In his essay, Postmodern Virtualities, Mark Poster argues that modernity placed much value on rational, idealized and centred persons (he cites the ‘reasonable man of the law’ and the ‘educated citizen of democracy’ as examples). This however has evolved and with postmodernism comes a culture that nurtures individuality and forms of identity very different to those of modernist thought. ( Postmodern Virtualities, 1995. Online source)
As communication technologies enhance and develop rapidly, it brings with it a new configuration of individuality. People use these electronic communication methods on a daily basis, transforming the way that we ourselves communicate with each other demanding that we speak and act differently thus altering our own individuality.
This essay seeks to establish how technological development (especially with regard to virtual communities) impacts on individual’s identity today, and how this is linked with various postmodernist theories.
Firstly the author will look at what virtual communities actually are and their uses in today’s society, moving on to the realm in which these societies actually exist, cyberspace and Baudrillars’s theory of hyper reality. The author will then highlight a number of ways in which these virtual communities impact on the individual and the way in which we communicate both on and offline and how this can be linked to key post modernist theory.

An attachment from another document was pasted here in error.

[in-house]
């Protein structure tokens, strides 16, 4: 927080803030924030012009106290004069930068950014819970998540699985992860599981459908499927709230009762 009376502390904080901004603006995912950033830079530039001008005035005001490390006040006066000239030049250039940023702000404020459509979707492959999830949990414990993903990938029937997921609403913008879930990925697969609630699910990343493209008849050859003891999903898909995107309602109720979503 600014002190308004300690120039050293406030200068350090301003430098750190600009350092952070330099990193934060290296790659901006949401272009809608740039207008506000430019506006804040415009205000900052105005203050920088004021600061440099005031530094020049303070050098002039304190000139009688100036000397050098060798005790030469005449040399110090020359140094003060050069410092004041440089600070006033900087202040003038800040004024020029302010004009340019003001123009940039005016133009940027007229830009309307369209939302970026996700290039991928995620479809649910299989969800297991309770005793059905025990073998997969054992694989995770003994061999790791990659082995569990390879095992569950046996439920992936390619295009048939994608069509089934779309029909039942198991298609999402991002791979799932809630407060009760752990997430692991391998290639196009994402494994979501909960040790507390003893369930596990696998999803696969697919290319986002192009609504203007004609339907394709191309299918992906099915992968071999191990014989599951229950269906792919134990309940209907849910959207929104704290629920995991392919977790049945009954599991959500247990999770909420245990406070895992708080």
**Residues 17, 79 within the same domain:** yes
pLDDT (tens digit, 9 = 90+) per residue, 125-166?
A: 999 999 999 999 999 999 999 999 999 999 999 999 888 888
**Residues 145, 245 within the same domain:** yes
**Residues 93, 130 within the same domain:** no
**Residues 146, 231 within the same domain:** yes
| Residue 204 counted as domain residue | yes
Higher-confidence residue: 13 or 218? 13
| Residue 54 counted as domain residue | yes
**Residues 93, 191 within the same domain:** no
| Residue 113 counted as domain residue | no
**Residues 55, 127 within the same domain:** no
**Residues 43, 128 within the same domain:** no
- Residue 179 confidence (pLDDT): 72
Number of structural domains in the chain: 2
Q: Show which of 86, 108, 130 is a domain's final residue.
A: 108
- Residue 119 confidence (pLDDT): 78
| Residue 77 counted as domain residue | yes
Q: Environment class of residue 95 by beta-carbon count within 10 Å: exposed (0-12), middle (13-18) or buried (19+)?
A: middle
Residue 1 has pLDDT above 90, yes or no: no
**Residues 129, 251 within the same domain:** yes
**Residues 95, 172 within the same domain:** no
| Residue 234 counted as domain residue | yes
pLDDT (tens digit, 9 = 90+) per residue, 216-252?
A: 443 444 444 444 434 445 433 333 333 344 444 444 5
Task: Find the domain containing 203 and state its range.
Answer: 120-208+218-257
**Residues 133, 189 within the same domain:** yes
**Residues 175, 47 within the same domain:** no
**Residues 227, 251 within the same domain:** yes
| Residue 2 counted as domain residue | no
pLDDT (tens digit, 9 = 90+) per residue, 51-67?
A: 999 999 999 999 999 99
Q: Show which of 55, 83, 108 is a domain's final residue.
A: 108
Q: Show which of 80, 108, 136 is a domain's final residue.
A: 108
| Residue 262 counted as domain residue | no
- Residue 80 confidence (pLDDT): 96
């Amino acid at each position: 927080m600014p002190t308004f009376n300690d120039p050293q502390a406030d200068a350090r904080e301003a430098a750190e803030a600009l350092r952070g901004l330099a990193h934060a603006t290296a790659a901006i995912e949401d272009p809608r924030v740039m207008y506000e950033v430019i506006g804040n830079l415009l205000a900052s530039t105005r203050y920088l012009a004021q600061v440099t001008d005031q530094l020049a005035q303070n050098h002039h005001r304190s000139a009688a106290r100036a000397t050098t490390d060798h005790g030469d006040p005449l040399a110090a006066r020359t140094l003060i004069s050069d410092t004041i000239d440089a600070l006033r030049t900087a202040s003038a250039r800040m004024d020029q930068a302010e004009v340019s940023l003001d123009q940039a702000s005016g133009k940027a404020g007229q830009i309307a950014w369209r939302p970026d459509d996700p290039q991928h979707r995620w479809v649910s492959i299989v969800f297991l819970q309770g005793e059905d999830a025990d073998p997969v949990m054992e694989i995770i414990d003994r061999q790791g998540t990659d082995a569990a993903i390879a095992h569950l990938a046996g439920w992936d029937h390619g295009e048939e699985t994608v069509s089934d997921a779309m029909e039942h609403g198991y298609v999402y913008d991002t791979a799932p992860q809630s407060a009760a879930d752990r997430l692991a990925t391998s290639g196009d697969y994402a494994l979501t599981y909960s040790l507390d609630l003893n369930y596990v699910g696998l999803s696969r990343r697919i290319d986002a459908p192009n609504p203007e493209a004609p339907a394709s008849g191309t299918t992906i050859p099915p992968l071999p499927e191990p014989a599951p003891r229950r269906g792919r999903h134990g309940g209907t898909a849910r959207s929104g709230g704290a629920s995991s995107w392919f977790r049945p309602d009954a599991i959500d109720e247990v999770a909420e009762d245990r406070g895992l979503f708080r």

In his book, Virtual Communities, Howard Rheingold describes a virtual community as “social aggregations that emerge from the Net when enough people carry on those public discussions long enough, with sufficient human feeling, to form webs of personal relationships”
Online communities have the capability to build relationships and connect people on both a personal and professional level, share information worldwide in seconds and allows individuals to take control of the online landscape with participatory media....